California laws targeting drivers who are under the influence of drugs or alcohol impose harsh penalties on those who are caught and convicted. As strict as the state is in enforcing its DUI laws, police and other law enforcement agencies must take care not to infringe upon the rights people enjoy under the U.S. Constitution to move about without interference from government or from those acting on before of the government.
DUI arrests and probable cause
Police cannot stop your car to determine if you have been drinking without having probable cause to do so. Probable cause is when a police officer has reason to believe you committed or are about to commit a crime. This belief must be supported by the facts known to the officer. The U.S. Supreme Court applies a reasonably prudent person standard to determine if an officer’s belief rises to the level of probable cause. In other words, would a reasonably prudent person faced with the same information as the police officer have reason to believe a crime is being committed?
The challenge for a police officer when making a DUI arrest is that practically all of the facts supporting his or her belief about the driver being drunk are not revealed until after the traffic stop has already been made. A hunch or a gut feeling about a motorist does not justify stopping a vehicle even if the driver turns out to be driving under the influence. As the Supreme Court has held in many decisions over the years, the fact the police officer’s hunch was correct does not justify an illegal stop.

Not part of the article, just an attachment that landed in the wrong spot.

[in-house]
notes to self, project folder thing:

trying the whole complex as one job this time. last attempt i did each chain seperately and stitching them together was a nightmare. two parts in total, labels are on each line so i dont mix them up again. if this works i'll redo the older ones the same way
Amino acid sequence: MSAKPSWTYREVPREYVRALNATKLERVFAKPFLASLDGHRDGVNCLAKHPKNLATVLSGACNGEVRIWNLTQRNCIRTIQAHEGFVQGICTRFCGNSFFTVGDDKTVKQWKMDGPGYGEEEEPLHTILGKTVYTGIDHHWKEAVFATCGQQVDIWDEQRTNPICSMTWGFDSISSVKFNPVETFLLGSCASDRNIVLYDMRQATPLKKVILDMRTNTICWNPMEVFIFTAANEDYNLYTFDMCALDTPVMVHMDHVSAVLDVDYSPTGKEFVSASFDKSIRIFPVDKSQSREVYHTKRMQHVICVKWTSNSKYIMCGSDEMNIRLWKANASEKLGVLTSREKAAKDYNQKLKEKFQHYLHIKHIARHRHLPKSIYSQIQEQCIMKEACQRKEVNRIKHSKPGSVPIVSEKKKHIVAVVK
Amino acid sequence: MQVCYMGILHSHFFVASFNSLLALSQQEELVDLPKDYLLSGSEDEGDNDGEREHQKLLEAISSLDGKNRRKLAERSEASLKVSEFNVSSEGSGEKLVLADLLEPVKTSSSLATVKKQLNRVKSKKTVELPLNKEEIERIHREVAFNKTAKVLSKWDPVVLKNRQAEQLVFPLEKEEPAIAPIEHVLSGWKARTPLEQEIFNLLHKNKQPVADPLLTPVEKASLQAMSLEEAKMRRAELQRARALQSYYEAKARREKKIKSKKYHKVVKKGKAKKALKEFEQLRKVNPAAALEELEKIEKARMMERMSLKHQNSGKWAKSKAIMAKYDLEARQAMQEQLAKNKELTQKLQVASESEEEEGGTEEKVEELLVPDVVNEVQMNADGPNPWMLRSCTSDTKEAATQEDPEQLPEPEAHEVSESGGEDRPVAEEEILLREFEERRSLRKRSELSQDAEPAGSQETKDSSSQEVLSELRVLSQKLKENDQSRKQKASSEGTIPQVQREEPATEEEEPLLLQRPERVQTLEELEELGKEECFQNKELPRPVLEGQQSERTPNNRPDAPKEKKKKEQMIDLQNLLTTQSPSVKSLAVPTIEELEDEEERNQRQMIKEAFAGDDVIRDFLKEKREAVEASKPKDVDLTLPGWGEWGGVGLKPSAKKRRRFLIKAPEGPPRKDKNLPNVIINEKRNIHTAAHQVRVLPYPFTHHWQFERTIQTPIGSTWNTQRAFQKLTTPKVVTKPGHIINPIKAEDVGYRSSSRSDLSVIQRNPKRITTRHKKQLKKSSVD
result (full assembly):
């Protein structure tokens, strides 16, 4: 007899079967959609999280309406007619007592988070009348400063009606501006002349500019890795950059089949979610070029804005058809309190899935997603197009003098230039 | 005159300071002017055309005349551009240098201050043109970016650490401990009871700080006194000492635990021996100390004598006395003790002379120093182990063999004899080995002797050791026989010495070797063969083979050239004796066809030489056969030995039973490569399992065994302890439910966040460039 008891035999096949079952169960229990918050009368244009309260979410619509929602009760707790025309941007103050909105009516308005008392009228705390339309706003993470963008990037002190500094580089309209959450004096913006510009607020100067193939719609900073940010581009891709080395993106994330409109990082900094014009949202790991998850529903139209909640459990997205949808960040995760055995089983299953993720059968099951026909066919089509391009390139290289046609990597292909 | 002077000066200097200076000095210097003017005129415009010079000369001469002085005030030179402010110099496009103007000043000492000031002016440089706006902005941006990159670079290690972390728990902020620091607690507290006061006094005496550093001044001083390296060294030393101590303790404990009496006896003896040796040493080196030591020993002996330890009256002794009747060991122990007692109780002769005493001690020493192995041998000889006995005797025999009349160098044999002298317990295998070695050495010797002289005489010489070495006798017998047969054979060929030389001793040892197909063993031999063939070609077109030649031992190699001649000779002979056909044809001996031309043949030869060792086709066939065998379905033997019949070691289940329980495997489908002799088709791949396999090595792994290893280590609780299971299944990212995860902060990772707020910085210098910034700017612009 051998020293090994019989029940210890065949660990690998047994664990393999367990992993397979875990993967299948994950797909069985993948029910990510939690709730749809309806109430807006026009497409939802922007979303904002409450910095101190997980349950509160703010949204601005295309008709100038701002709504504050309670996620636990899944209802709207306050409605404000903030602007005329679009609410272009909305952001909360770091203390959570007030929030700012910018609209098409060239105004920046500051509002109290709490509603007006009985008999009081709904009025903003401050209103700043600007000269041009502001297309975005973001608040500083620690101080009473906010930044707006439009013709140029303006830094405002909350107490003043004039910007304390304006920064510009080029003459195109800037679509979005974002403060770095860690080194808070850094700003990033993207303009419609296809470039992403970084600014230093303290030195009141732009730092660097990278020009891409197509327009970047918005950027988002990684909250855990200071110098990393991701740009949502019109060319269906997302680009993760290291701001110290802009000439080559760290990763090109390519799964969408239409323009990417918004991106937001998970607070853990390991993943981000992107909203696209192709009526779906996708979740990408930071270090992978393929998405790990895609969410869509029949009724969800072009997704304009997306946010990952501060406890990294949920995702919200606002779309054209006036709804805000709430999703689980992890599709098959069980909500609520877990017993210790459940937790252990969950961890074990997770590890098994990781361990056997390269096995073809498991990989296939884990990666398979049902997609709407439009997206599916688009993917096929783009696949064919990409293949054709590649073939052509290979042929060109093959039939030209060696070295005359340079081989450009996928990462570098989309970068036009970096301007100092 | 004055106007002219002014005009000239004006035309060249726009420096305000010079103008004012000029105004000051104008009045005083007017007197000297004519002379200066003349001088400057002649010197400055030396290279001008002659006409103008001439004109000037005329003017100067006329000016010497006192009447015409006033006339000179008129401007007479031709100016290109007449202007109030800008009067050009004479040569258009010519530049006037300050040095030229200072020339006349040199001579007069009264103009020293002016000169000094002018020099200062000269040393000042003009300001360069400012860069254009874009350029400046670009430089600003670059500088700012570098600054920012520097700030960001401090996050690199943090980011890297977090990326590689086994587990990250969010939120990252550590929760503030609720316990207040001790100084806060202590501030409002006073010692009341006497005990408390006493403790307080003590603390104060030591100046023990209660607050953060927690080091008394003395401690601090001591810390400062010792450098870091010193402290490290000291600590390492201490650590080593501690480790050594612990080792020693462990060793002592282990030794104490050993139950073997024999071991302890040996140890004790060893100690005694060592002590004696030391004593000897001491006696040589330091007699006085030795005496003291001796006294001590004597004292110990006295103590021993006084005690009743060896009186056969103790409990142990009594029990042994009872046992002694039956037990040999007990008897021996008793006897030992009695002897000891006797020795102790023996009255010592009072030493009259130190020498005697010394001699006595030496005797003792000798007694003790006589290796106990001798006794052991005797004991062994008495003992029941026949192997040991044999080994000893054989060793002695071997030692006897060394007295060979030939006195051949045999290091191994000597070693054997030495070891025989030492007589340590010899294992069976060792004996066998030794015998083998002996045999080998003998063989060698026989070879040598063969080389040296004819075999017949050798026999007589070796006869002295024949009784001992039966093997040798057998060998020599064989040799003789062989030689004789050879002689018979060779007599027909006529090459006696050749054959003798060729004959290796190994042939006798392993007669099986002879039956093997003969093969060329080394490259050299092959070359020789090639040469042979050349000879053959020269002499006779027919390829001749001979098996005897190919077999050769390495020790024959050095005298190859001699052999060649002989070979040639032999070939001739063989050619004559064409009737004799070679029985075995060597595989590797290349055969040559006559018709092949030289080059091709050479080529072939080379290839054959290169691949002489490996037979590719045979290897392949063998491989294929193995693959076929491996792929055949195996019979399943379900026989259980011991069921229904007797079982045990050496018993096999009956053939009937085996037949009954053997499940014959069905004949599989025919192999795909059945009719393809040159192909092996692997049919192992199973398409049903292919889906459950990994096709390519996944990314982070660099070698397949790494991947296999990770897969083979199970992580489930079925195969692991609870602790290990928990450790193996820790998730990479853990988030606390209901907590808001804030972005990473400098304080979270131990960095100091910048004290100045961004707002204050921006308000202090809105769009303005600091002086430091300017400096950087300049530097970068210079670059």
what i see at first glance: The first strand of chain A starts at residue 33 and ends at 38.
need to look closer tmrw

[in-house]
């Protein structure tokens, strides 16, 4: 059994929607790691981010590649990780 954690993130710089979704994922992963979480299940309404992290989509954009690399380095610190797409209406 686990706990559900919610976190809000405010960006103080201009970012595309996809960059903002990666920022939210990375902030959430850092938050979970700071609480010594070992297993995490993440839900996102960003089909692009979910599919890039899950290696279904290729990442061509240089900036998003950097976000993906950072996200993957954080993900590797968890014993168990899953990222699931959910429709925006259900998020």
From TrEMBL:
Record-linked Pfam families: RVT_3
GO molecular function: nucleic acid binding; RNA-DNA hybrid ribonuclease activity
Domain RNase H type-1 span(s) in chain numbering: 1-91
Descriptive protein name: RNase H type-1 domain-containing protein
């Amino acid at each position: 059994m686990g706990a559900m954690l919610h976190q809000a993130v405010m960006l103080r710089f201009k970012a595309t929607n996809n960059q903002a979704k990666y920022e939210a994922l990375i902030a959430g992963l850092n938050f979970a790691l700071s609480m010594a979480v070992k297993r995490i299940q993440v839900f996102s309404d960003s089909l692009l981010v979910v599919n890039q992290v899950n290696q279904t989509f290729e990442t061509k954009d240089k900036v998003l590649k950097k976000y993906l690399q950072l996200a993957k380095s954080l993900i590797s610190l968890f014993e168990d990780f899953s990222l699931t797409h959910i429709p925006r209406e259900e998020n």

Of course, if a police officer observes a motorist disobey a stop sign or commitment some other traffic violation, the officer has the right to stop the vehicle. Observations made at that time about the physical condition of the driver could justify an arrest on a DUI charge.
Reasonable suspicion to stop a vehicle
If an officer does not observe a clear violation of the traffic laws, there might still be an opportunity to stop the vehicle. Reasonable suspicion is a principle recognized by the Supreme Court that allows police to stop a motorist to conduct a brief investigation absent having probable cause.
Recognizing the training police receive and their ability to see things that might not seem suspicious to the average person led the Court to allow police to stop a person for questioning if the officer suspects criminal activity is occurring. Reasonable suspicion in the typical DUI could include the following observations by an officer:
- Driving erratically
- Driving much slower than posted speed limit
- Veering out of the travel lane
- Constantly braking
An officer observing any of these activities could stop the vehicle and engage the motorist in brief conversation to determine the reason for the behavior.
Building probable cause from reasonable suspicion
An officer may use what he or she observes from interacting with the driver to establish probable cause to believe that the individual is driving under the influence. This might include the following:
- Watery, bloodshot eyes
- Slurring while speaking
- Inability to respond to questions
- Strong odor of alcohol
- Open containers of alcoholic drinks
The use of field sobriety tests allows the officer to build upon the observations already made of the driver to further submit probable cause for an arrest.
A criminal defense attorney can help
A San Diego criminal defense attorney will review the facts and circumstances of an arrest to determine if probable cause existed for taking a driver into custody. Having experienced and skilled legal representation is essential when charged with DUI. The experienced San Diego DUI attorneys at the Law Firm of Kerry Armstrong can help you, call today for a free consultation!